Evolution of hemostasis testing: A personal reflection covering over 40 years of history

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Abstract

There is no certainty in change, other than change is certain. As Seminars in Thrombosis and Hemostasis celebrates 50 years of publication, I felt it appropriate to reflect on my own 40-year plus scientific career. My career in the thrombosis and hemostasis field did not start until 1987, but the subsequent 35 years reflected a period of significant change in associated disease diagnostics. I started in the Westmead Hospital "coagulation laboratory" when staff were still performing manual clotting tests, using stopwatches, pipettes, test tubes, and a water bath, which we transported to the hospital outpatient department to run our weekly warfarin clinic. Several hemostasis instruments have come and gone, including the Coag-A-Mate X2, the ACL-300R, the MDA-180, the BCS XP, and several StaR Evolution analyzers. Some instruments remain, including the PFA-100, PFA-200, the AggRAM, the CS-5100, an AcuStar, a Hydrasys gel system, and two ACL-TOP 750s. We still have a water bath, but this is primarily used to defrost frozen samples, and manual clotting tests are only used to teach visiting medical students. We have migrated across several methodologies in the 45-year history of the local laboratory. Laurel gel rockets, used for several assays in the 1980s, were replaced with enzyme-linked immunosorbent assay assays and most assays were eventually placed on automated instruments. Radio-isotopic assays, used in the 1980s, were replaced by an alternate safer method or else abandoned. Test numbers have increased markedly over time. The approximately 31,000 hemostasis assays performed at the Westmead-based laboratory in 1983 had become approximately 200,000 in 2022, a sixfold increase. Some 90,000 prothrombin times and activated partial thromboplastic times are now performed at this laboratory per year. Thrombophilia assays were added to the test repertoires over time, as were the tests to measure several anticoagulant drugs, most recently the direct oral anticoagulants. I hope my personal history, reflecting on the changes in hemostasis testing over my career to date in the field, is found to be of interest to the readership, and I hope they forgive any inaccuracies I have introduced in this reflection of the past.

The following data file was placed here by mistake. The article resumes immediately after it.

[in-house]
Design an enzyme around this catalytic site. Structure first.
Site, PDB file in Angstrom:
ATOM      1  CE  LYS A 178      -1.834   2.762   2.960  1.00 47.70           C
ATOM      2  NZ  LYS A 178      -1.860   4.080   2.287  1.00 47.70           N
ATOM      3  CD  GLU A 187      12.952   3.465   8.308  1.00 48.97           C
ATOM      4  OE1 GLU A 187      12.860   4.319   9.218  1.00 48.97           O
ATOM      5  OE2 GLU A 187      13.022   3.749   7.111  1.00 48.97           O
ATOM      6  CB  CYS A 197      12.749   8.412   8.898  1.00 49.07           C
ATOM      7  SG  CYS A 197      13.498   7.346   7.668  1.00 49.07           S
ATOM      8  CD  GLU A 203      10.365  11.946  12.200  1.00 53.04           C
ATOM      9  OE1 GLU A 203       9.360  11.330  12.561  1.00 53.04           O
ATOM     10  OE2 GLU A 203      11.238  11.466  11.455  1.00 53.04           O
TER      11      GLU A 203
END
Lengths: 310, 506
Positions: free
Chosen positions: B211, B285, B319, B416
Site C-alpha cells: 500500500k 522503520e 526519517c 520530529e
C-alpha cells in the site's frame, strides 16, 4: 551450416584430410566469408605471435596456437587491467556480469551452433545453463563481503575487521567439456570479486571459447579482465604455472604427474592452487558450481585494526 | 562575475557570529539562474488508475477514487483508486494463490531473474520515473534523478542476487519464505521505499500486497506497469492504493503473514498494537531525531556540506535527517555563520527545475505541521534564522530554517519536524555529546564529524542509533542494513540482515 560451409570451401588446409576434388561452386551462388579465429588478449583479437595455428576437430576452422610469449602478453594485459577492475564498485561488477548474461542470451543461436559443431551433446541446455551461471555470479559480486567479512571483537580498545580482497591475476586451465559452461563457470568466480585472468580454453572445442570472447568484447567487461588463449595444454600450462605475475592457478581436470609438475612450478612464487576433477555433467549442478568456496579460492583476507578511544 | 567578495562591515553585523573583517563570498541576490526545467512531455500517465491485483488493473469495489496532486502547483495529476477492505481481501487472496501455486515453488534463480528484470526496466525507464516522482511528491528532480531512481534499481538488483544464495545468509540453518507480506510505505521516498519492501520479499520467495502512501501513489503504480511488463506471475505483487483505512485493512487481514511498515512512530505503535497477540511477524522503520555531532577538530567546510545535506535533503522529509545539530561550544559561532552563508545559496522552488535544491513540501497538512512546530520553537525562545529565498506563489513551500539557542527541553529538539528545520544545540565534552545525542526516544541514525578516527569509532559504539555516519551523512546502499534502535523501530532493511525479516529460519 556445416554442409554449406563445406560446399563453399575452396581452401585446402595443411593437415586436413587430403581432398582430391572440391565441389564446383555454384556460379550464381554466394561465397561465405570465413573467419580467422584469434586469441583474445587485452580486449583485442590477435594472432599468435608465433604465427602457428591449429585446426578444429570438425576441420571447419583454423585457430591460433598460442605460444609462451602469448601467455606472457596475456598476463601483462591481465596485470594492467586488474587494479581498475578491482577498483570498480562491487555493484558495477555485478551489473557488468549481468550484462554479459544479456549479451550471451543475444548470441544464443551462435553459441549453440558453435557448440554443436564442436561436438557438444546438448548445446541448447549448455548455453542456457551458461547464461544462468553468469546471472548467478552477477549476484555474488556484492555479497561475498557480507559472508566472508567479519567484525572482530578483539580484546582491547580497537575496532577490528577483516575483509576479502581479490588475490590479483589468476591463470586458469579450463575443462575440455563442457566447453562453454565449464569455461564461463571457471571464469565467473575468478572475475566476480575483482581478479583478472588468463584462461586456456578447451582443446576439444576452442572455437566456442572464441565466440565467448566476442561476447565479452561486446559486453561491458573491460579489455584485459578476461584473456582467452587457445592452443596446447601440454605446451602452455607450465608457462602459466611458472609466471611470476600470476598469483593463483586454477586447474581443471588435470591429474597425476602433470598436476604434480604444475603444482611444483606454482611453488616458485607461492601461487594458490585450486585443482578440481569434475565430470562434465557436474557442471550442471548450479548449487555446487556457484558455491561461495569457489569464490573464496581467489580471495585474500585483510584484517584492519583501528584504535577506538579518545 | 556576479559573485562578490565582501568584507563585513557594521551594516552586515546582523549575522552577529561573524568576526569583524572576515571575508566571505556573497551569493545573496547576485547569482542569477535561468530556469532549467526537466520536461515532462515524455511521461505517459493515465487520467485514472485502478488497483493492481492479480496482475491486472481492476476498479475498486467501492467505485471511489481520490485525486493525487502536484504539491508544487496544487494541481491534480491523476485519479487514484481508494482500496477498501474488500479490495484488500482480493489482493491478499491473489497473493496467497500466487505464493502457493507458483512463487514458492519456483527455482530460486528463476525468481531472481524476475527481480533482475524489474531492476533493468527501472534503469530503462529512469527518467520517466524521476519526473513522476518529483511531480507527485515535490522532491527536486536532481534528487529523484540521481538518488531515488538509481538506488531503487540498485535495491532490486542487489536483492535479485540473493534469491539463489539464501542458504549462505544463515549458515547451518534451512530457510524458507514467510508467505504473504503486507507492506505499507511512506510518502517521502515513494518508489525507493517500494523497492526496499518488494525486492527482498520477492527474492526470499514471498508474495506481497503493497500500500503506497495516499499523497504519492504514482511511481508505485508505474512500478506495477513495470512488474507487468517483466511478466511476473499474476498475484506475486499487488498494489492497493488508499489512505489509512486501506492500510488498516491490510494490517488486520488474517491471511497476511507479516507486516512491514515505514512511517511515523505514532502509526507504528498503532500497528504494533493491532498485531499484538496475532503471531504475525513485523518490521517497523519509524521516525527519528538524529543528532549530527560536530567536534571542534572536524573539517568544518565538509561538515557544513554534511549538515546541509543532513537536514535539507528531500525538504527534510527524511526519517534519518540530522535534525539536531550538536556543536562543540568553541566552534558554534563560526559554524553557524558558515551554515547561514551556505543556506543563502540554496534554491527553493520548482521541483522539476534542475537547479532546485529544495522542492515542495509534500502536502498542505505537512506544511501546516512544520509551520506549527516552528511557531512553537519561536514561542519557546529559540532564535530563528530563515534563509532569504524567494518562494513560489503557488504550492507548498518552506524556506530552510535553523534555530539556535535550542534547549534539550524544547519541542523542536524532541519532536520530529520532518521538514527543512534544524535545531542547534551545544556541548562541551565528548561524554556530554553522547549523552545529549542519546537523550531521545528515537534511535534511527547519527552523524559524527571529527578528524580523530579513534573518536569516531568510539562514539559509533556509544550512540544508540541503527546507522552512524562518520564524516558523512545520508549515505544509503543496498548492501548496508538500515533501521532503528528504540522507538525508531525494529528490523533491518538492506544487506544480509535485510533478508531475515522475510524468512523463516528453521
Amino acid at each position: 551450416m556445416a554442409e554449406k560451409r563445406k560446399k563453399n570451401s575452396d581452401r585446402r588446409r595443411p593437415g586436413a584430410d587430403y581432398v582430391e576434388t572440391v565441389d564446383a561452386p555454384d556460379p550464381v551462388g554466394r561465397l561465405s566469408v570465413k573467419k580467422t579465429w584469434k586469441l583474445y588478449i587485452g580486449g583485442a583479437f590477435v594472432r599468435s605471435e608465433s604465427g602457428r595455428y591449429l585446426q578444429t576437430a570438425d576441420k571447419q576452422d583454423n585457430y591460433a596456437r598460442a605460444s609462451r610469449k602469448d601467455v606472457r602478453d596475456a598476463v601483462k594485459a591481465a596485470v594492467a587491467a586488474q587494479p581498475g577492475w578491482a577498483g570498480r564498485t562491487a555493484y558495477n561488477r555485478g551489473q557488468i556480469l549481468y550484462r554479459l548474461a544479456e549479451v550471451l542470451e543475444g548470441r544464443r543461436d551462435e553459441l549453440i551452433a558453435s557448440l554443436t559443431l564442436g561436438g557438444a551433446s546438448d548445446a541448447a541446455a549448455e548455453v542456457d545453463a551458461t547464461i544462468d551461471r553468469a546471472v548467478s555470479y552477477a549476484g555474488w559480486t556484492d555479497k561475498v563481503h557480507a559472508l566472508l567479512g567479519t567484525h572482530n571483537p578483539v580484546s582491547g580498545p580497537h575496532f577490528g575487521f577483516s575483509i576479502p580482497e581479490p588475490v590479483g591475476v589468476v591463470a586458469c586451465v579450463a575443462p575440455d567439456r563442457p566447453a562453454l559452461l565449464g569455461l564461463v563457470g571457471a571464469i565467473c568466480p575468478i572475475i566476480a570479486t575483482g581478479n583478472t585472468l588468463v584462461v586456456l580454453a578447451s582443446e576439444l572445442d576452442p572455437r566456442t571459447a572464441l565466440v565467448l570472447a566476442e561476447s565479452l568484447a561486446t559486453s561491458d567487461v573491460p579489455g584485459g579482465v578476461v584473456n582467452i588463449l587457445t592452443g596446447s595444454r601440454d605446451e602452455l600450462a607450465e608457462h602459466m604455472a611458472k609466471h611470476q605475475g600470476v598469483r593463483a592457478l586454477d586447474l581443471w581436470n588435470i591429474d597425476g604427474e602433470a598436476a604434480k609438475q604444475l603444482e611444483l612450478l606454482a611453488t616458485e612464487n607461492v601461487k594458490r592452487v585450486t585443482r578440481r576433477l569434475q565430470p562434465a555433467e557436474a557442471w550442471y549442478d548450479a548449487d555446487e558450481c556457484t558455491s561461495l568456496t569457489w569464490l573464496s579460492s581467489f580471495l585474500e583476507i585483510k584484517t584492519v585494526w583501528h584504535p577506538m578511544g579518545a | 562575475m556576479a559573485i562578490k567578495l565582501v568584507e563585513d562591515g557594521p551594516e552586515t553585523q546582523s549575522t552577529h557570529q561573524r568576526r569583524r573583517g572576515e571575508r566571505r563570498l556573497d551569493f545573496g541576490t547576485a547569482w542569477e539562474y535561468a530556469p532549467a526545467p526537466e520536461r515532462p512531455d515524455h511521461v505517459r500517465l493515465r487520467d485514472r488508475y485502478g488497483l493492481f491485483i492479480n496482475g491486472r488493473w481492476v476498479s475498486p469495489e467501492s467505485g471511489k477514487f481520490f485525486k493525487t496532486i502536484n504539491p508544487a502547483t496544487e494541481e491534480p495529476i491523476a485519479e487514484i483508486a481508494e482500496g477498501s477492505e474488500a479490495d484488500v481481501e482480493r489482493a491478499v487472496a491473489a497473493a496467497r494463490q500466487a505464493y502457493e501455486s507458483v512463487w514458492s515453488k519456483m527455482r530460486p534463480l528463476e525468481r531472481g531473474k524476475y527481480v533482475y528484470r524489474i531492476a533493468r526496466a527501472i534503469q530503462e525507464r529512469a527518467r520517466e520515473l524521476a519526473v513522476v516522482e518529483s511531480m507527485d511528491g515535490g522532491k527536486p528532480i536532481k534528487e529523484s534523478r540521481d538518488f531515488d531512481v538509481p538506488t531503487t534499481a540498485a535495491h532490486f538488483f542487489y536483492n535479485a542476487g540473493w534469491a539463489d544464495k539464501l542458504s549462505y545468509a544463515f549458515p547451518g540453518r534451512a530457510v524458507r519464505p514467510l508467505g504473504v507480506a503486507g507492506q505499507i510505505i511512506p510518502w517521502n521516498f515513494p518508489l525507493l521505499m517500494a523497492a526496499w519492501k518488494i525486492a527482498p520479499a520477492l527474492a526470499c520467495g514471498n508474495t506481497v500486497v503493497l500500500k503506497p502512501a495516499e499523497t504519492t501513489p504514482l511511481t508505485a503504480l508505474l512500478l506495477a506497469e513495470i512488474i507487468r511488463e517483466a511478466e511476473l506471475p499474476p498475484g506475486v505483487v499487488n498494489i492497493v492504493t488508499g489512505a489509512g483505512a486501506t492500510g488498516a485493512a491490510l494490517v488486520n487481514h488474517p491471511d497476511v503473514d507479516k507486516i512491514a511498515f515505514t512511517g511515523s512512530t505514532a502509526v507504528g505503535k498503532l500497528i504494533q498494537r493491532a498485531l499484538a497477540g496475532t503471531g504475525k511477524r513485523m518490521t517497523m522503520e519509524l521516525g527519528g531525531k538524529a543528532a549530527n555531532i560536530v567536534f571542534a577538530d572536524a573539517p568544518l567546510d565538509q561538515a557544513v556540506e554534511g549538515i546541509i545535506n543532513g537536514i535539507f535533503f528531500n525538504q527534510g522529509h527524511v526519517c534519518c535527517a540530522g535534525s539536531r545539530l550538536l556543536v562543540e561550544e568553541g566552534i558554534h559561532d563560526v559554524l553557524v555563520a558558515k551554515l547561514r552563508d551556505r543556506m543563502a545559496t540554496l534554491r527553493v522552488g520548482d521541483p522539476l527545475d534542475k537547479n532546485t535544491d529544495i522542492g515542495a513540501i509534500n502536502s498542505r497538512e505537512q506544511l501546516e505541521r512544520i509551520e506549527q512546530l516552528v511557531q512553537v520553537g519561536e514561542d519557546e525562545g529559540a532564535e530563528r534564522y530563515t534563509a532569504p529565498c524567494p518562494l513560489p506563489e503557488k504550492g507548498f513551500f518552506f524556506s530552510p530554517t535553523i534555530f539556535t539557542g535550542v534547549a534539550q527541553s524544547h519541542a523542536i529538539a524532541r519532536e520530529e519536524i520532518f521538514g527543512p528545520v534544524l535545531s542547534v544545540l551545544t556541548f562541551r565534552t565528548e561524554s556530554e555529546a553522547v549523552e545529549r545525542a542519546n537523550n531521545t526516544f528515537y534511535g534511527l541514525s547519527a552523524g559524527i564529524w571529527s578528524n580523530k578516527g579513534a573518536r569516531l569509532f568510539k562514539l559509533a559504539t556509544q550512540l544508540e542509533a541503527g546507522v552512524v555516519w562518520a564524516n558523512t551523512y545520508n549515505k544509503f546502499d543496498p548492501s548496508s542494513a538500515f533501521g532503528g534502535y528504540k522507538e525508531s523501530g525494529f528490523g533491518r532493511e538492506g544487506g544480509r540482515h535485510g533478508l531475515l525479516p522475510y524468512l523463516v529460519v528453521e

Original languageEnglish
Pages (from-to)8-25
Number of pages18
JournalSeminars in Thrombosis and Hemostasis
Volume50
Issue number1
Early online date02 Feb 2023
DOIs
Publication statusPublished - Feb 2024

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